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Issue 574, 5 October 2007 - All unions should back the Greens

Keating fails to answer his own APEC question

AMID THE huge non-event that was APEC, there was one important issue raised, although by someone who was not even attending: former prime minister Paul Keating.

In a speech for the Evatt Foundation, Keating attacked Howard for using APEC to hold a trilateral security meeting with the US and Japan. It was, he warned, a dangerous and foolish insult to China.

He went on to warn that North-East Asia is the most dangerous part of the world, and the dangers are hidden by the media fuss made over conflicts in the Middle East.

Put simply, China has developed to become one of the world's most powerful economies. Japan and the US are both worried by this, including China's rapidly developing military. Their response has been to assert military and economic pressure on China.

Keating warns: "the world has never seen the rise of a major new power without a war."

He points to the "inability of Europe to accommodate the interests of a rising Germany" as a crucial reason for the two world wars.And he rejects the "simplistic view", promoted by stupid neo-liberals: "that economic interdependence means that there will be no strategic rivalry of a military variety."

But if there is a structural dynamic creating the danger of war in North-East Asia, the problem is compounded by subjective dynamics.

The region is a cauldron of unresolved grievances, which political leaders have shamelessly used to stoke nationalism.

There is Japanese hysteria over North Korea's missile and nuclear programs; there is a series of disputes over who should own various islands; and there is the constant danger that a declaration of independence by Taiwan would trigger a Chinese invasion, and war with Japan and America.

China's rulers regularly whip up anger over the Japanese invasions and occupation from 1930-1945, when millions of Chinese people died resisting them.

For their part, Japan's rulers have worked assiduously to rehabilitate the architects of Japan's expansionism in the 1930s.

According to Keating, "The attitude among young Chinese today is far more vociferous against the Japanese than that of their parents." And he points to a growing militarism amongst younger members of the Japanese ruling class and activists in the ruling Liberal Democratic Party.

All this would be bad enough, except that none of the other world powers are doing anything to resolve these tensions.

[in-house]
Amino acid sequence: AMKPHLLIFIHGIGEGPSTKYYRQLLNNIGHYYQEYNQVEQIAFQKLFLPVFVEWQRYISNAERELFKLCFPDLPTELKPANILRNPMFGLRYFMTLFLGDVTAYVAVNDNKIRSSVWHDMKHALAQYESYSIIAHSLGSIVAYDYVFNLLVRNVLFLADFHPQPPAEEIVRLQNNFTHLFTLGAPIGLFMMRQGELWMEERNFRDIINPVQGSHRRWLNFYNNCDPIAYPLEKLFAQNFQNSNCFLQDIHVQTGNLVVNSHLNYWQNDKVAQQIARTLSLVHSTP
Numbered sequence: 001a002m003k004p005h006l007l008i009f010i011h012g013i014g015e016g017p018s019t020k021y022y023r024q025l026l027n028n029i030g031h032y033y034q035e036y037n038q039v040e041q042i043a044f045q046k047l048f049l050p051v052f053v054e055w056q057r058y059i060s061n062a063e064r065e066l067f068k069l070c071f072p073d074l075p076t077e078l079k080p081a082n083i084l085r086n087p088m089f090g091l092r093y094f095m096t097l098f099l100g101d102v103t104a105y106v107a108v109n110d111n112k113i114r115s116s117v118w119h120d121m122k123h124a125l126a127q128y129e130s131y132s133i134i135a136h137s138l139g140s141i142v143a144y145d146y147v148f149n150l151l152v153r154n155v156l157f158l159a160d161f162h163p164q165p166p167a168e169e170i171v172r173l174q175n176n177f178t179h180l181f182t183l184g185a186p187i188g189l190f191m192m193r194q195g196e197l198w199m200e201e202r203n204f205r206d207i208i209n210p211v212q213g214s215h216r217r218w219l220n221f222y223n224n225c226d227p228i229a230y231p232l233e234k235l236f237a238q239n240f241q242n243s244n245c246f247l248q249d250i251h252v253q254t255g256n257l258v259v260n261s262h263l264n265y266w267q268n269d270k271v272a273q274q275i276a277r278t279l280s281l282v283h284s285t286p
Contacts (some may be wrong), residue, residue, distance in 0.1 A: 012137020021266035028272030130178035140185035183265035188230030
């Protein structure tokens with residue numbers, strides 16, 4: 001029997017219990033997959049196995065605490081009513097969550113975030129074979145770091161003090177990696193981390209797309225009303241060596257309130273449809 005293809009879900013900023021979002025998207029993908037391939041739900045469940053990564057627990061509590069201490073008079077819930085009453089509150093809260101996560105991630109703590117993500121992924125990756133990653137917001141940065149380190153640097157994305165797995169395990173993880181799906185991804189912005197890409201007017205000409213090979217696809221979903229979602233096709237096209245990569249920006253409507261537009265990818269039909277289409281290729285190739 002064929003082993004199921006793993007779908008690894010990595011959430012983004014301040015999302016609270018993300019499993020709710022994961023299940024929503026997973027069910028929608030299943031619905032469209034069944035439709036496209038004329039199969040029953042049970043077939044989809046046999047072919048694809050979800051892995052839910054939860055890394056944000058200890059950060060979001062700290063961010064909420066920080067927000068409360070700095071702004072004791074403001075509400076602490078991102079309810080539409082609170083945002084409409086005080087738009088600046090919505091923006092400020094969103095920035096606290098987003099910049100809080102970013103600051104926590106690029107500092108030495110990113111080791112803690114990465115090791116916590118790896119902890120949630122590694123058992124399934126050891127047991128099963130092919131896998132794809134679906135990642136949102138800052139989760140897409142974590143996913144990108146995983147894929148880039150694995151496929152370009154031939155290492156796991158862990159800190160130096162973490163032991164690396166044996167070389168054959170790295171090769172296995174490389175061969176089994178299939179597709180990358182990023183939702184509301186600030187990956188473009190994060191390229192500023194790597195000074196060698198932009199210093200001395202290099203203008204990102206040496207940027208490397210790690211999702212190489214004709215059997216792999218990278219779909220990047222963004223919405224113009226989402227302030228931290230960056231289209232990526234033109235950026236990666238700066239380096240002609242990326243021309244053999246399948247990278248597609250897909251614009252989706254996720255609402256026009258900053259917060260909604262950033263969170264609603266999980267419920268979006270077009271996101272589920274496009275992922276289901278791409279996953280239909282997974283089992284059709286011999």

There is, Keating argues, no structure for accommodating China's growing interests in the global system.

"There are no diplomatic efforts being made," he says, attacking Howard for failing to use APEC to make progress-indeed for making it seem that Australia was more concerned with its alliance with the anti-Chinese powers.

These are important issues. But nobody should imagine that Keating has any viable or intelligent solutions.

Part of his analysis of the problem is that the US has made a major, long-term mistake by "walking off the field" after winning the Cold War.

Come again? The real problem, for the future of human civilisation, is that the US responded to the defeat of its long-term rival by dramatically expanding its strategic and economic power.

The East European countries that won their independence from the Soviet empire have not become an array of independent states, but new members of NATO, which now pushes up to the very borders of Russia itself.

In Central Asia, the US used its invasion of Afghanistan to form alliances with most of the Central Asian and Caucasian states that used to be part of the Soviet Union.

The result is that Russia feels threatened. With its economy reviving, and its vast energy resources, it has withdrawn from the Conventional Forces in Europe arms control treaty, and resumed nuclear-armed bomber flights over Western Europe.

China too faces an expanded US threat. For example, the US also used its victory in the Cold War to force open the markets of the world, using the WTO and the IMF to implement the economic policies of the so-called "Washington consensus".

One result was the Asian economic crisis of 1997-8. China, with its strong state supervision of the economy, managed to avoid the crisis, and has ever since been attempting to organise an Asian rival to the IMF.

It has also been vigorously trying to build its own areas of influence in Asia and Africa.

So the US respond with further "encirclement" policies designed to provoke China. How does this make the world safer?

In this context, Keating's claim that the US has fallen asleep on the job seems bizarre.

His speech may have been the most interesting intellectual intervention during APEC, but the only lasting solution to the problem he identifies is to fight US plans to establish full spectrum dominance across our world.

By Phil Griffiths